Prolonged pro-inflammatory effects of ultrafine particles in the lung of allergic asthmatics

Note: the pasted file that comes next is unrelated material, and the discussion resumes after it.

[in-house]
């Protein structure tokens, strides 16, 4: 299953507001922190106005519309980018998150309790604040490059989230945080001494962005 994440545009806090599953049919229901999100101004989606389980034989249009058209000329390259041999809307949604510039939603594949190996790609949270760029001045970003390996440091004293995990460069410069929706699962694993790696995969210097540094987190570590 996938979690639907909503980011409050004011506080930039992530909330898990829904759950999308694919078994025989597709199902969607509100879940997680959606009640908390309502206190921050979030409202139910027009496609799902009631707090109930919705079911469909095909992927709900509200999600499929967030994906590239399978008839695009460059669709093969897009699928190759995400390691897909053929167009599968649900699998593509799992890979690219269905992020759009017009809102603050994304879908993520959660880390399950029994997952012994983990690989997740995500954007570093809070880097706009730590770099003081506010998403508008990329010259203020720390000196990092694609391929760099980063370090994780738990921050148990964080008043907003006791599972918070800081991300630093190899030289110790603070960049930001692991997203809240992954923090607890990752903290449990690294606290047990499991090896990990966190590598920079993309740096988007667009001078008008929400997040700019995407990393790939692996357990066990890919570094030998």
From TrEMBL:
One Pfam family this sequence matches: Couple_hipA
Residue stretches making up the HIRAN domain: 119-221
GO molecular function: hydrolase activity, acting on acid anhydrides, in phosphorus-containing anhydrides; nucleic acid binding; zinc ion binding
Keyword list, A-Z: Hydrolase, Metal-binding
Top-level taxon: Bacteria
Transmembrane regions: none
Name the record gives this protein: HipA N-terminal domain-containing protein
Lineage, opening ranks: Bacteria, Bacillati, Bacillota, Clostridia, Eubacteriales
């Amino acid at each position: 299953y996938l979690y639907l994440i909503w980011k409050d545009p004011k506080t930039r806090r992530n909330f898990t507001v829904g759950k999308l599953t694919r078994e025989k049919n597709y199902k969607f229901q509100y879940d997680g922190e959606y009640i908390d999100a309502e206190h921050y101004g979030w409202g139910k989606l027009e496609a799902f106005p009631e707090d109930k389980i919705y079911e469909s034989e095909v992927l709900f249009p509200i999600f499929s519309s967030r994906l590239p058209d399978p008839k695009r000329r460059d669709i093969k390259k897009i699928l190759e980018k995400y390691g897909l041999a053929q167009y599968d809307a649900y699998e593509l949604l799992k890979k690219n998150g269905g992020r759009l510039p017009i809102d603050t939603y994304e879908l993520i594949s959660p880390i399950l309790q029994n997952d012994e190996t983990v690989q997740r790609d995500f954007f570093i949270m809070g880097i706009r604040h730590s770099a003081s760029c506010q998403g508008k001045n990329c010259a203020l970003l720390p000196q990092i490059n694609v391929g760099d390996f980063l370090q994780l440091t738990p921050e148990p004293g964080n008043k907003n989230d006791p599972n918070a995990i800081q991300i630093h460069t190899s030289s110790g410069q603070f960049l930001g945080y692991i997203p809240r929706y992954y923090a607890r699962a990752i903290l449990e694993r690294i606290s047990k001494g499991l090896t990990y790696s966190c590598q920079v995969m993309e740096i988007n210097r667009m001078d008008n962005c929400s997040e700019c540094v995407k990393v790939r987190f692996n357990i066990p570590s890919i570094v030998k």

Background: Epidemiological studies have shown that exposure to ambient particles is associated with increased respiratory symp-toms and exacerbations in asthmatic patients. Ultrafine particles (UFP) may contribute to these negative health effects due to their highly reactive surface area and oxidant capacity. The aim of this study was to test the hypothesis that the allergic inflammation in the lung of allergic asthmatics will be enhanced due to the pre-exposure to UFP. Methods: Fourteen mild allergic asthmatics were exposed for 2 h to a controlled atmosphere of 50 lg/m3 spark-discharge generated carbon black UFP (Ø50 nm) or clean air in a randomized, double-blind crossover design. The expositions were performed with a wash-out period of 30 days under intermittent bicycles ergometer exercise. Eighteen hour after the exposures segmental allergen challenges were performed by bronchoscopy. Forty-two h after the expositions, during a second bronchoscopy, the previously challenged segments were lavaged and BAL-cells were obtained for differentiated FACS analysis and oxygen radical generation by chemiluminescence. Results: The preexposition to ultrafine particles showed only a slight nonsignificant short term effect after 42 h on the allergic inflammation compared to the exposition with clean air. The subgroup of subjects however, which were exposed to ultrafine particles in the first period and to clean air in the second period showed after the allergen challenge in the second period a strong increase in the absolute numbers of eosinophils and oxygen radical generation by BAL-cells. Conclusion of the study: The exposure to ultrafine carbon black particles (UFP) 30 days prior to an allergen challenge had a strong pro-inflammatory effect on the allergic inflammation in allergic asthmatics.